Mega Man Zero 2( Only now do I realize that I should have titled this blog "Eerie Similarities.") I'd make that a Renegade Ego spin-off, but given that I stumble upon this shit by accident, there's no chance in hell of this happening. Just look at these two games: they're both story heavy Japanese platformers that are sequels to other story heavy Japanese platformers, and I had to look up the stories to both in order to understand them. They also feature some light RPG elements that never really develop as far as they should. However, I did notice one big difference between these two games; Mega Man Zero 2 is actually pretty good.
Hey, remember when I said that I had to look up the story? I'm not kidding about that; I had to go to the Mega Man Zero article on Wikipedia to fill myself in on the story, because the game does not help you with it at all. Oh, and in case you try to yell at me for being unfair about this, keep in mind that I last touched Mega Man Zero in about the same amount of time it took this game to come out. So what's the story, again? Well, it's been 100 years since Mega Man X whatever, and every Reploid is assumed to be a Maverick, leading to their ultra-oppression under an evil M...wait, that's the story behind Mega Man Zero 1. Let's start over: it's been 101 years since Mega Man X whatever, and Zero's wandering through the desert, for some reason. Eventually, this wandering through the desert leads him to join a resistance force led by a guy (yes, he's a guy) who loves to stroke his hair before saying anything. I'd make a Family Guy joke, but I'm not the Nostalgia Critic, so it doesn't work. If you're looking for more story than that, then go to Mega Man X4 or something, because the story in this game is pretty bare. Some Nazi stuff, something about Baby Elves and a Dark Elf, a cliffhanger ending, and that's about it. It's really surprising, given just how much work Capcom put into so little story (you have a ton of characters that don't do anything, a villain who forgets his motivation, some cool pics, etc.), and it's really obvious how disappointing that is.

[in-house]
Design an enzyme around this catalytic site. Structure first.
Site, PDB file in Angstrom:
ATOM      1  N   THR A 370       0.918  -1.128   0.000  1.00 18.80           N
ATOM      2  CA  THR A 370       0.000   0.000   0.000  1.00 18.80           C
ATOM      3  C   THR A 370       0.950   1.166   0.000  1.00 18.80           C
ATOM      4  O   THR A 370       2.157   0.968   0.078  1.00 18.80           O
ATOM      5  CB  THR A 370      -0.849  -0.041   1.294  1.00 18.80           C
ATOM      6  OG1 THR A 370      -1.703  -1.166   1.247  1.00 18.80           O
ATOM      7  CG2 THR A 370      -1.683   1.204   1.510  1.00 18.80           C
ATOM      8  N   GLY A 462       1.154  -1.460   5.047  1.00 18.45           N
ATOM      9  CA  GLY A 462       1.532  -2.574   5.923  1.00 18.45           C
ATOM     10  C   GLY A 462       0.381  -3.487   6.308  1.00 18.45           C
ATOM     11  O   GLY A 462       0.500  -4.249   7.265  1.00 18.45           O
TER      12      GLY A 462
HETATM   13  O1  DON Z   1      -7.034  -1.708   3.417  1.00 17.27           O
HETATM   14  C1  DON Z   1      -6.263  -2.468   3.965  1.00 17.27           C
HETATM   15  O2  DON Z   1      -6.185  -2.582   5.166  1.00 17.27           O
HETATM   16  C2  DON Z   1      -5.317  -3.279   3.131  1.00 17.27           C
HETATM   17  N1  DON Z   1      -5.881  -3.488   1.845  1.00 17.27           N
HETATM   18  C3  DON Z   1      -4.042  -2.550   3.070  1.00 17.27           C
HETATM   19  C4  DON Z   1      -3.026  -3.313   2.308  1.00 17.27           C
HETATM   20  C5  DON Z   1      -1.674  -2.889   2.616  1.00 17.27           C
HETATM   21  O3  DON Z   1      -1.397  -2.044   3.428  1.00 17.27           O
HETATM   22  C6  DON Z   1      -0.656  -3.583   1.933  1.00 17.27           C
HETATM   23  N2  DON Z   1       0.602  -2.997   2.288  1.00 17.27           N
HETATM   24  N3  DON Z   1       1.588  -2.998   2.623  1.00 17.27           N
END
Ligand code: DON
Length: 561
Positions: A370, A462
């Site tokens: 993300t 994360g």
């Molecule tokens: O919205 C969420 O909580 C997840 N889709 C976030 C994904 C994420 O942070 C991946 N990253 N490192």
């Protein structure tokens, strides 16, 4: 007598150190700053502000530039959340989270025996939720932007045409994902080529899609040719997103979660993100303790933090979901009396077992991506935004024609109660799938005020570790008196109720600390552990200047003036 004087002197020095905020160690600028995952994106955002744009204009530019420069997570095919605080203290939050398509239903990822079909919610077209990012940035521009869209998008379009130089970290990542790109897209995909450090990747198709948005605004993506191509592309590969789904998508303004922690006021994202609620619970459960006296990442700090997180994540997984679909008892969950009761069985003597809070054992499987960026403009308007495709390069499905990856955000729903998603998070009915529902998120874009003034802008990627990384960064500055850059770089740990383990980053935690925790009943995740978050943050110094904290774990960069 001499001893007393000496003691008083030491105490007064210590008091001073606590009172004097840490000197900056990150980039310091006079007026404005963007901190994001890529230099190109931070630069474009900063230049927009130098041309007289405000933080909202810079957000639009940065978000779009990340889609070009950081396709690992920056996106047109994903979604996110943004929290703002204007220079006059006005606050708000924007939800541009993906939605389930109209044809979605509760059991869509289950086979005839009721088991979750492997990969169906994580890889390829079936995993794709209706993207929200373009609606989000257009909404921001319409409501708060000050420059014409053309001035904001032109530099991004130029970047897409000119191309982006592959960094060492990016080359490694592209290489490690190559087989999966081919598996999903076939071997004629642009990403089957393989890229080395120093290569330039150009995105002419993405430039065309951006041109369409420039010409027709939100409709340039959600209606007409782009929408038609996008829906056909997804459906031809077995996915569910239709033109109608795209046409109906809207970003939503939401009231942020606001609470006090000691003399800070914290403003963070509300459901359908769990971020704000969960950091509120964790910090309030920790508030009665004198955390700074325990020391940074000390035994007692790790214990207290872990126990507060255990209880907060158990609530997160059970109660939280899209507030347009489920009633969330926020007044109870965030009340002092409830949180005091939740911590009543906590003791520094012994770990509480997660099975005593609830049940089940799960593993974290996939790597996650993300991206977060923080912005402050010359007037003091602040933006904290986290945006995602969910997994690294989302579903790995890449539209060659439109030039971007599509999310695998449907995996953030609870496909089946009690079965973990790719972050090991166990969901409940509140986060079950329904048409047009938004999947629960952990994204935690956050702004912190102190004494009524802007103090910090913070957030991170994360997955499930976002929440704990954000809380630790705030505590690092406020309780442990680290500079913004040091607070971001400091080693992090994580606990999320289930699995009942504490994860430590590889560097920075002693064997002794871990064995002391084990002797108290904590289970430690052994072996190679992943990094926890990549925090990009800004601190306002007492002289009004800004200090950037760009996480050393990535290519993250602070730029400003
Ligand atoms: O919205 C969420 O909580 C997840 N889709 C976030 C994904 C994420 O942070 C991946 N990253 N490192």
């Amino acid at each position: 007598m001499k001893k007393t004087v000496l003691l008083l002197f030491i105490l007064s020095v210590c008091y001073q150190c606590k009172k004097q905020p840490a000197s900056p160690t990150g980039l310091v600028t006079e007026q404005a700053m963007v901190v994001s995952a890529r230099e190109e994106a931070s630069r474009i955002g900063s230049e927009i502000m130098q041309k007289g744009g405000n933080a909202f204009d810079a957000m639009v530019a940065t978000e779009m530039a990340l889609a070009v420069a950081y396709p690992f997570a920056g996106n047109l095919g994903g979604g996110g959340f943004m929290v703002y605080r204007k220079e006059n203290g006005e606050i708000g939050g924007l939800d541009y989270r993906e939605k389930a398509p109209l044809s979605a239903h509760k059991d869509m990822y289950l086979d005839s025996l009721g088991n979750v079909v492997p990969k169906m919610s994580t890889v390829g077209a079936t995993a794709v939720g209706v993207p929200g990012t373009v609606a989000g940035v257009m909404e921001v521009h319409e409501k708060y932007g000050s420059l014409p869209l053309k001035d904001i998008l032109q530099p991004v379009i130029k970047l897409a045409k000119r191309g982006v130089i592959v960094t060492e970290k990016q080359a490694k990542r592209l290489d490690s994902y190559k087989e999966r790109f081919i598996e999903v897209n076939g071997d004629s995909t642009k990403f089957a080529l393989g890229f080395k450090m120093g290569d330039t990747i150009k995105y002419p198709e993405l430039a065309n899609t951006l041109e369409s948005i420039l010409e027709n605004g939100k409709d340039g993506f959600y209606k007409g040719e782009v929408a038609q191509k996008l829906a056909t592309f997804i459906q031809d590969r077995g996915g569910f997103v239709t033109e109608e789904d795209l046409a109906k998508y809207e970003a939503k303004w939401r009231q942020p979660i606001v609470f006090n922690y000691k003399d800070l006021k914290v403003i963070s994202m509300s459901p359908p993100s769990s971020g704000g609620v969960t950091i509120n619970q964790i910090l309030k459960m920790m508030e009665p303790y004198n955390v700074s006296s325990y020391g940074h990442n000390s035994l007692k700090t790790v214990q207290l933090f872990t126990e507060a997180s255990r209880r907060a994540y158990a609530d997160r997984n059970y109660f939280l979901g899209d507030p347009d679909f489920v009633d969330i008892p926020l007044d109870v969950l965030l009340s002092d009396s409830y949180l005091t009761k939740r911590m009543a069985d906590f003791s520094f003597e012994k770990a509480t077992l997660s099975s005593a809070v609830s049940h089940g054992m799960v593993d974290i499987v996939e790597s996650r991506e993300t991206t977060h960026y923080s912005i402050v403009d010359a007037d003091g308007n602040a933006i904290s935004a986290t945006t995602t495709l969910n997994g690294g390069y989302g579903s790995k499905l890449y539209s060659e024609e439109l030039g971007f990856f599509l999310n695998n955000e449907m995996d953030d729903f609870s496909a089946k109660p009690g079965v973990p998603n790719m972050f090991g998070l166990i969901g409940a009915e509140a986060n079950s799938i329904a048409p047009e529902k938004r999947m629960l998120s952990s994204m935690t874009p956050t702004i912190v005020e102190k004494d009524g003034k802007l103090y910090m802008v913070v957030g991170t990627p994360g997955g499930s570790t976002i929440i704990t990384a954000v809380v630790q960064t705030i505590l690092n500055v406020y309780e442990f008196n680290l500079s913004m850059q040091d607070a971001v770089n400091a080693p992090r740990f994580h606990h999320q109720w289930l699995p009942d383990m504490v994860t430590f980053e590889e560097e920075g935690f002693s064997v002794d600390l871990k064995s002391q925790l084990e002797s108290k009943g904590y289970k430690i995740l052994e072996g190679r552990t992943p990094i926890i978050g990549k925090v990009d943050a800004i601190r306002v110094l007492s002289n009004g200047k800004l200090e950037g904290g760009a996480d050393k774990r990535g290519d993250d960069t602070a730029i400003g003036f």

You know, just like the two equipment system thingies. First up is the Elf system, which makes a bit more sense when you realize that Elves aren't your traditional food-making magical midgets, but computer program fairy things. I said "a bit", OK? You equip them before going into battle, and each one has a unique effect that you'll only find on about half the other Elves. But still, disregarding that, they have a variety of uses, like upgrading health, making your platforming easier, and whatever the shit this is. It sounds innocent enough, but there's one major problem: the game doesn't want you using this cool feature. At all. Use it once, even in the useless pre-level base, and the game deducts it from your score. I've seen negative scores because of shit like this. I feel like I've seen this before, but for whatever reason, I can't name a single case of this happening. Fortunately, I can do just that for the second equipment system: forms. It's like Syd of Valis's armor thing, and it's just as useless. All I did was turn Zero purple. He should never be purple. Just like the chips, it's pretty much a useless visual add-on.
I can sense some confusion among you; looking at both my score for this game and this blog, your head has exploded in an attempt to calculate these numbers. I've exposed you, you fucking robots. No more will you go unnoticed. Now that the fucking robots are gone, let me give you the real reason I find this game to be awesome: really solid platforming. There are also some mission objectives to spice things up, but really, it's all about the platforming. You'll slide and jump through all the levels, and you'll die a few times, but damn it, you'll enjoy it. Part of the reason for this is the introduction of a grapple hook, and while it doesn't go all out Bionic Commando with it, it does get a decent amount of use. Hell, I was able to use it from some tricky wall jump chicanery in some levels, where it looked like Capcom didn't want me getting where I wanted to go. Awesome. At this point, I should mention the other weapons, but the only one worth mentioning is the sword. I know that it's impractical as hell when you're a robot with a gun, but killing things with your sword is actually really oddly satisfying. I'd explain it, but The Joker already did. It's even satisfying to use in the least useful situations. You know, like bosses. Remember how in Syd of Valis, you could find a blind spot and just plug away at a boss? Try that shit here, and you'll get your ass handed to you just so it can fling shit in your face. You need some actual skill to beat these guys, and part of that is because they've adopted the Kingdom Hearts boss strategy of piling health bar upon health bar. Then again, there is an Elf that reduces this to normal levels, so it all balances out. The only major flaw I noticed with them was that most of the time, they didn't have the Mega Man weaknesses. Obviously, this leads me to give the game the How Can You Call Yourself a Mega Man Game Award, and this blog the Most Abrupt Ending Award. Honestly, it came out of nowhere faster than it did in The Violinist of Hameln.
- For such a focus on the story, there isn't a lot to it.
- You know, if you're gonna put in RPG-esque features, at least make them useful.
- The platforming just plain rocks. Not much more to say about it, really.